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Reports


Inspection carried out on 2 March 2020

During a routine inspection

About the service

Forest Court Care Home is a residential care home which provides personal and nursing care for up to 40 people. At the time of the inspection 37 people, predominantly over the age of 65 years lived there. The home specialises in supporting people who live with advanced dementia and those who also have some mental health needs.

People were accommodated in one adapted building which provided a selection of communal areas, on one level, to meet people’s diverse needs. People had private bedrooms with washing and toilet facilities. A secure garden provided people with outside space they could enjoy safely.

People’s experience of using this service and what we found

People were supported to have maximum choice and control of their lives and staff supported them in the least restrictive way possible and in their best interests. The policies and systems in the service supported this practice. Staff had a good understanding of the legislation which helped to protect people who lacked mental capacity.

A person-centred approach to care was adopted and staff supported people to live well with dementia. This was achieved by staff having a good knowledge of people’s health conditions and how these affected people’s behaviour and abilities.

Staff knew people well and they acted to support people’s wellbeing. Staff responded quickly to people’s distress giving them reassurance, comfort or space as required. One relative said, “The staff seem to have the right approach to get things done, they really are marvels at what they do."

A whole team approach was in place to support people’s safety and reduce risks to people. Risks to people’s health were identified and there were robust arrangements in place to reduce these.

Staff worked closely with a range of health and social care professionals to support people’s physically and mental wellbeing. People’s increased frailty was recognised, and people were supported to have a comfortable and dignified end of life.

Support was provided to people to eat and drink enough and to take their medicines as prescribed. A relative said, "[Name] has put on weight since he moved in, which is a very good sign. The food is really good and always looks very nice."

The home’s environment was spacious and provided ample room for people to choose where they sat and to walk with purpose.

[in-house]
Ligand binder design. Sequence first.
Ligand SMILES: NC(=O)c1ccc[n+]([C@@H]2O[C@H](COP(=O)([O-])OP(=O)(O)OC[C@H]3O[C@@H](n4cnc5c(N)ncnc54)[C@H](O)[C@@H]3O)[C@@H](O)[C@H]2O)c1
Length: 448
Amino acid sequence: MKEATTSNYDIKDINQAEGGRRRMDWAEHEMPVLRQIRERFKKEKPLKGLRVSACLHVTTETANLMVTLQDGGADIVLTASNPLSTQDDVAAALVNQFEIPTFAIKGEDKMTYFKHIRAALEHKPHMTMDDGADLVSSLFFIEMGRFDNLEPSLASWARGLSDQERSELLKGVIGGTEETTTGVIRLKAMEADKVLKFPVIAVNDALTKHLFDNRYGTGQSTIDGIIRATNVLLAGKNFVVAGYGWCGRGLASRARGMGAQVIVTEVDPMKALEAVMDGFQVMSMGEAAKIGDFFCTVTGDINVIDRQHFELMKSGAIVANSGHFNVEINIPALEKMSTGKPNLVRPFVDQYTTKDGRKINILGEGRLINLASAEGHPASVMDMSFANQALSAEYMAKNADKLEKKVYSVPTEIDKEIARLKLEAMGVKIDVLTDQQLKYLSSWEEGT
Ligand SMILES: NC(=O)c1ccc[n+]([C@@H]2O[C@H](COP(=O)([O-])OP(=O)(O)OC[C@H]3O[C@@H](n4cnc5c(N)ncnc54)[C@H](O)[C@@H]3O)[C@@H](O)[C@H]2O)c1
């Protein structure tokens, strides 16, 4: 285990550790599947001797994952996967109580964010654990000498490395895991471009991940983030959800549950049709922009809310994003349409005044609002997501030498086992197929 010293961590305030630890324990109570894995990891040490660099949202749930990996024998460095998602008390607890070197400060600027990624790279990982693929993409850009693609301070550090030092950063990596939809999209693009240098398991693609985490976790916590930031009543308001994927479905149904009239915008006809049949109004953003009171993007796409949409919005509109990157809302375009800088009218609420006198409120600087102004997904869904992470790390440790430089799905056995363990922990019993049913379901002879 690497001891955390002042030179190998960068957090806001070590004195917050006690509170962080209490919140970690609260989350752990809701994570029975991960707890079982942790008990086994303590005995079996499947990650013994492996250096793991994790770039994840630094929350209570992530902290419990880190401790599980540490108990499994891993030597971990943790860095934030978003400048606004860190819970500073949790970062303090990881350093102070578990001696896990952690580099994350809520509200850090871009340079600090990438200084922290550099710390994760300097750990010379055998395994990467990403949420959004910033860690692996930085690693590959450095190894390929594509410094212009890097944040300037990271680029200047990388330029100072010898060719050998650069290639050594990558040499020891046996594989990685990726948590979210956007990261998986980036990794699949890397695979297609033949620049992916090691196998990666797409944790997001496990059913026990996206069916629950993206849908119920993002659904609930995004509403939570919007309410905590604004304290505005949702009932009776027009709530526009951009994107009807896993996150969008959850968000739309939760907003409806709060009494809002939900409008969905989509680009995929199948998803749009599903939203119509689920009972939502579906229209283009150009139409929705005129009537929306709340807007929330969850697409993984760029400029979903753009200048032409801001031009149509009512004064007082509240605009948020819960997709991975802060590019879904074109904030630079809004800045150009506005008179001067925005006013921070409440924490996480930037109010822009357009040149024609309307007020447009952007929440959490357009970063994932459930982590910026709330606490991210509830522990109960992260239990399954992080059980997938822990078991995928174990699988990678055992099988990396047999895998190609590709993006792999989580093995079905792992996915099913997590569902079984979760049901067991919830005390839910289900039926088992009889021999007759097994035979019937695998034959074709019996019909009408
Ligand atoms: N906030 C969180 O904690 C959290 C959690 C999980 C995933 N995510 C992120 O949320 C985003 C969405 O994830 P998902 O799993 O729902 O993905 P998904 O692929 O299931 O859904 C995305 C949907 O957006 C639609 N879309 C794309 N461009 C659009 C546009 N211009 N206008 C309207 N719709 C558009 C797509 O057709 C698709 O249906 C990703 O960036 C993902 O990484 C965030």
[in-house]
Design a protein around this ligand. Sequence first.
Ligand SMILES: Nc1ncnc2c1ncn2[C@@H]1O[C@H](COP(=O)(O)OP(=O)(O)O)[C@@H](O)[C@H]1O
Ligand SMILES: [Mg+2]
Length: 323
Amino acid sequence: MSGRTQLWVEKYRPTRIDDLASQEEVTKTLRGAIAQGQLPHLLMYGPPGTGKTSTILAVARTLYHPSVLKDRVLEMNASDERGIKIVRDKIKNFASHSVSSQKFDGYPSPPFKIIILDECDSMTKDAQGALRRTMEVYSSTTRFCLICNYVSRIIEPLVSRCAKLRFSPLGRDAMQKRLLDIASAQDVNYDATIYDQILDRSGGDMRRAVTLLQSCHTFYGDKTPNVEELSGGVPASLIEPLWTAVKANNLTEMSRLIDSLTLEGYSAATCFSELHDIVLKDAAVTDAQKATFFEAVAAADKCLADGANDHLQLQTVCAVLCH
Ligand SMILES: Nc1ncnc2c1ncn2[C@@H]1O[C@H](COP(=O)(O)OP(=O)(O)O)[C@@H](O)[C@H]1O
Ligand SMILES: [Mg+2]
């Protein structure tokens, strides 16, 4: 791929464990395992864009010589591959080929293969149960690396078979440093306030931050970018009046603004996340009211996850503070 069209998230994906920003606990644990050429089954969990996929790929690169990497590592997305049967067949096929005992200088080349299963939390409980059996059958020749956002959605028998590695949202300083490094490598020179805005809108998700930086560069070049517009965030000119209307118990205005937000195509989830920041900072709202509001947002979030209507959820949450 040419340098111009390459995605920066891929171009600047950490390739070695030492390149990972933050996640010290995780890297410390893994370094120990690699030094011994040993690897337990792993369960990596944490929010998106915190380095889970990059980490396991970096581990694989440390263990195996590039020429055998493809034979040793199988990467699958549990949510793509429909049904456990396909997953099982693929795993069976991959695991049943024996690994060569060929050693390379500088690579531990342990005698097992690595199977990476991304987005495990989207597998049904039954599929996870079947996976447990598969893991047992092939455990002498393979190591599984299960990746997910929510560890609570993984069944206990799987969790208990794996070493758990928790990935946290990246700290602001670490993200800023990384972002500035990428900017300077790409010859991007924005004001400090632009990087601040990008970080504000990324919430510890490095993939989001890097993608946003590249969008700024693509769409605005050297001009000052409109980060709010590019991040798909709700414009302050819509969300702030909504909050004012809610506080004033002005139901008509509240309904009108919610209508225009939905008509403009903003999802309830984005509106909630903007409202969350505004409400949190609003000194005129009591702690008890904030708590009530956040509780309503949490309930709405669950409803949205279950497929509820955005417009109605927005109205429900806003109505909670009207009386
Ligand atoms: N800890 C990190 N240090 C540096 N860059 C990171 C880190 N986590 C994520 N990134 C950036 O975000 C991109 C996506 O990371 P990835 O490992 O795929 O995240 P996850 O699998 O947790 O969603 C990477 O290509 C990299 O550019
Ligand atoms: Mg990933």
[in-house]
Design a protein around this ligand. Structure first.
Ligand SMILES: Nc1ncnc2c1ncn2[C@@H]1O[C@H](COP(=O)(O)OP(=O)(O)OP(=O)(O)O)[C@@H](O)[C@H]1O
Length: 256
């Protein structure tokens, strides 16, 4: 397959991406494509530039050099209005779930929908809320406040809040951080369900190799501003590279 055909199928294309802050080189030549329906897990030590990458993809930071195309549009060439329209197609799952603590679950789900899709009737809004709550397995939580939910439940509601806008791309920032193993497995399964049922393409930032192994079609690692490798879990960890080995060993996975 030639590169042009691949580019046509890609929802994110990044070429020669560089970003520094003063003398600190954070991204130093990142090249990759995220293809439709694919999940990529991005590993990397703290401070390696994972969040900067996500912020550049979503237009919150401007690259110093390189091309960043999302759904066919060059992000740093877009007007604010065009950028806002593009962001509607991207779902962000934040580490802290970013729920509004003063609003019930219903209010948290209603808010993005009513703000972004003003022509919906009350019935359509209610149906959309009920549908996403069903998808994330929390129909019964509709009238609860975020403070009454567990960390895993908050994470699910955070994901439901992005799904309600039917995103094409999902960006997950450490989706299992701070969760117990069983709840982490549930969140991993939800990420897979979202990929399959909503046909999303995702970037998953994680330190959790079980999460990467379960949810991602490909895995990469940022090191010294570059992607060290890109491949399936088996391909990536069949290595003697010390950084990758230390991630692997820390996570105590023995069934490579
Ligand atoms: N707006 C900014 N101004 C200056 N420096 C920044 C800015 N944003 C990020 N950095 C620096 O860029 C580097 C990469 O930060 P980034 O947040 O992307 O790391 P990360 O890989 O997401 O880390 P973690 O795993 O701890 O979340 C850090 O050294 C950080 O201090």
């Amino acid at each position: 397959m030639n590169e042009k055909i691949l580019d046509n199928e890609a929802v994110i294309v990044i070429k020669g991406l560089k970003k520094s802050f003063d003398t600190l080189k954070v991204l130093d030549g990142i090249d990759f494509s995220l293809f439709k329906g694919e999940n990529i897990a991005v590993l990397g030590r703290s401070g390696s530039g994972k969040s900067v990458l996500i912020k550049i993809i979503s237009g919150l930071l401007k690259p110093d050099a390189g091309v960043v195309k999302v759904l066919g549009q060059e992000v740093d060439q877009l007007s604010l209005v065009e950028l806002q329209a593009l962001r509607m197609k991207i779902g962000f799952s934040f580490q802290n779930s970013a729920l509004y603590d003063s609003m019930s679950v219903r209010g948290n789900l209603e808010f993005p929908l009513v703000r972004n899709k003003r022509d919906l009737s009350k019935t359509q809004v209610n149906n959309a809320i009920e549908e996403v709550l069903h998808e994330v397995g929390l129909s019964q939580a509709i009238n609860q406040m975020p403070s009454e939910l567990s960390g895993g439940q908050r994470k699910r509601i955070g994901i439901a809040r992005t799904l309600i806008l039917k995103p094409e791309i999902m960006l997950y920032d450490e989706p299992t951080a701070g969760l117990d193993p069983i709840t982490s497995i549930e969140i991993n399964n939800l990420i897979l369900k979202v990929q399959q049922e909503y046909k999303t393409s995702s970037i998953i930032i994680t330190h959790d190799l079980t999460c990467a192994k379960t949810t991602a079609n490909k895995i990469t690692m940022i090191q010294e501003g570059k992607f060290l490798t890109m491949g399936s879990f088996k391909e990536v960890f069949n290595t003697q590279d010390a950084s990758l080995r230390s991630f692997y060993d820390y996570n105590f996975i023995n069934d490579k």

Staff had a genuine interest in improving people’s quality of life by providing one to one activities and social activities. These were designed to support people cognitively and keep them socially engaged.

Staff worked closely with those who mattered to people. Staff recognised that family, friends and pets were as integral to supporting people who lived with dementia as their care was. One relative said, "We feel part of the family, we are always made to feel welcome and offered a cup of tea and a biscuit. There is no problem with us bringing the dog with us…” Relatives were also provided with the support they needed as they experienced the journey of supporting a loved one who lived with dementia.

People were treated with respect and their dignity maintained. Staff were patient with people and valued what they had to offer. One member of staff said, “There is nothing better than sitting with and engaging with the resident.”

People and their representatives were able to raise a complaint and have this addressed and resolved where at all possible. Senior staff were available for people or their representatives to discuss concerns with them. Feedback and suggestions were sought from people’s representatives and relatives and acted on.

The provider monitored the quality of care and service provided to people. There were systems and processes in place to drive improvement where required. Although the service was currently managed by the deputy manager in the registered manager’s absence the systems and processes which supported the smooth running of the home were being maintained.

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